Limit Chemicals in Your Child’s Diet

Keeping your child chemical free is a good first step to keeping their brains and bodies healthy. According to the Journal of Epidemiology 2002, in the past 50 years, over 3,500 chemical additives have been added to our food supply. This is in addition to the pesticides and herbicides that may have been sprayed on fruit and vegetables. Think about all the chemicals in cleaning supplies, chemical scents indiscriminately sprayed around homes and even scented laundry detergents. Some of our children – perhaps all of us, are not coping well with this overabundance of chemicals that never before existed in all of human history.

Cited in many Journals such as the Journal of Pediatric, Child Health, 1997, all these chemical compounds have been associated with mood swings, poor impulse control and aggressive behavior, poor attention span depression and apathy, disturbed sleep patterns, impaired memory and intellectual performance.

Why Are Chemicals Added to Food?

Chemicals are added so that foods look better by changing their color and to preserve and stabilize the food for longer shelf life – not necessarily a longer life for humans. Most of the additives are synthetic compounds, some with known negative health effects. But more importantly we don’t even know what the long-term consequences are of chowing down such large amounts of chemicals. Children’s brains and bodies are still developing, therefore, it’s best to avoid all additives for them.

Some additives will not harm children such as E101 (Vitamin B2), E160 (carotene, Vitamin A), E300-304 (Vitamin C), E306-309 (tocopherols, such as vitamin E), the emulsifier E322 (lecithin), Stabilizers E375 (niacin) – a B vitamin, and E440 (pectin).

What Should You Do?

1) Keep harmful chemicals out of your child’s diet as much as possible.
2) Know that organic produce can only help your child with higher amounts of health-giving nutrients. Some products will be more expensive than the ones sprayed with pesticides; others are about the same price. Do what you can afford as far as organic shopping for vegetables and fruit are concerned. Know that choices for organic butter, cheese, chicken, yogurt, wild fish organic lamb or beef mean that animals have been reared without the use of any growth hormones or antibiotics.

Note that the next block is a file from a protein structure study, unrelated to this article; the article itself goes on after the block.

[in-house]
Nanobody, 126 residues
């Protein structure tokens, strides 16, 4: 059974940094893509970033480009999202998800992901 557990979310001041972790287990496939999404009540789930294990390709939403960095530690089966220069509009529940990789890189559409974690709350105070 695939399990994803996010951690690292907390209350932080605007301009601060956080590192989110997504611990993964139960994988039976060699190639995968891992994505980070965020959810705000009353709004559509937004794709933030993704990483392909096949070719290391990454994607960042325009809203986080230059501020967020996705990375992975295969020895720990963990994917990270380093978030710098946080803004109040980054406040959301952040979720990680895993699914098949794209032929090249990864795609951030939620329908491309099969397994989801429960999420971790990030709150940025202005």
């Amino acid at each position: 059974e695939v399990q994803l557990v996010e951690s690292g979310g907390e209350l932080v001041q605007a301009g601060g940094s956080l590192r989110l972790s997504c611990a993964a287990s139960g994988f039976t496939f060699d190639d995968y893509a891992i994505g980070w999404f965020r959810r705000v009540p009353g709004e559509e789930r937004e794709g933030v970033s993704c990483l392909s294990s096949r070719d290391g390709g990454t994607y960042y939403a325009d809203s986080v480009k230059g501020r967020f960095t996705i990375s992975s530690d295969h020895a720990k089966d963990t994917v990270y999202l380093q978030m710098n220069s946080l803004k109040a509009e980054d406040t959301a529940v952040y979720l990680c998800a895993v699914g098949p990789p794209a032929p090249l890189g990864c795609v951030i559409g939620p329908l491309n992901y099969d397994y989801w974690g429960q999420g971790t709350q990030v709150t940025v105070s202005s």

3) Be aware when buying food and drinks – read labels. Mostly, buy whole foods without labels.
4) Shop for chemical-free laundry detergents, dish washing liquids, natural sprays, toilet cleaners and other cleaning supplies. Also, be advised to look fort natural shampoo, soap and other products used on the body. These chemical-free products can be found in most supermarkets and are also available in health food stores. Generally, they are not overly expensive; some are even cheaper than brand name products filled with chemicals.

What Chemicals are Harmful?

Unfortunately, there is a dirty laundry list of chemicals that are widely used as food coloring in snacks, sauces, jams, soups, wine, cake decorations, candy, cereals, meat products, cheese, cider and juices – that are not 100% juice, but mostly colored, sugary water with chemicals. Become aware and shop smart.

The following is a list of 20 additives to avoid especially if your child has skin rashes, asthma, hay fever or rhinitis as some of these additives can bring on attacks.

Allura red AC
Benzoic acid
Brilliant black BN
Butlylated hydroxyl-anisole (BHA)
Calcium benzoate
Calcium sulphite
Monosodium glutarnate (MSG)
Ponceau 4R, Cochineal red A
Potassium benzoate
Potassium nitrate
Propyl p-hydroxy-enzoate, propyl-paraben, paraben
Saccharin and its Na, K and Ca salts
Sodium metabisulphite
Sodium sulphite
Stannous chloride (tin)
Sulphur dioxide
Sunset yellow FCF, Orange/yellow S

Help prevent your child and other family members being exposed to additives and chemicals for a healthier tomorrow.

Reference: Optimum Nutrition for Your Child’s Mind, Patrick Holford and Deborah Colson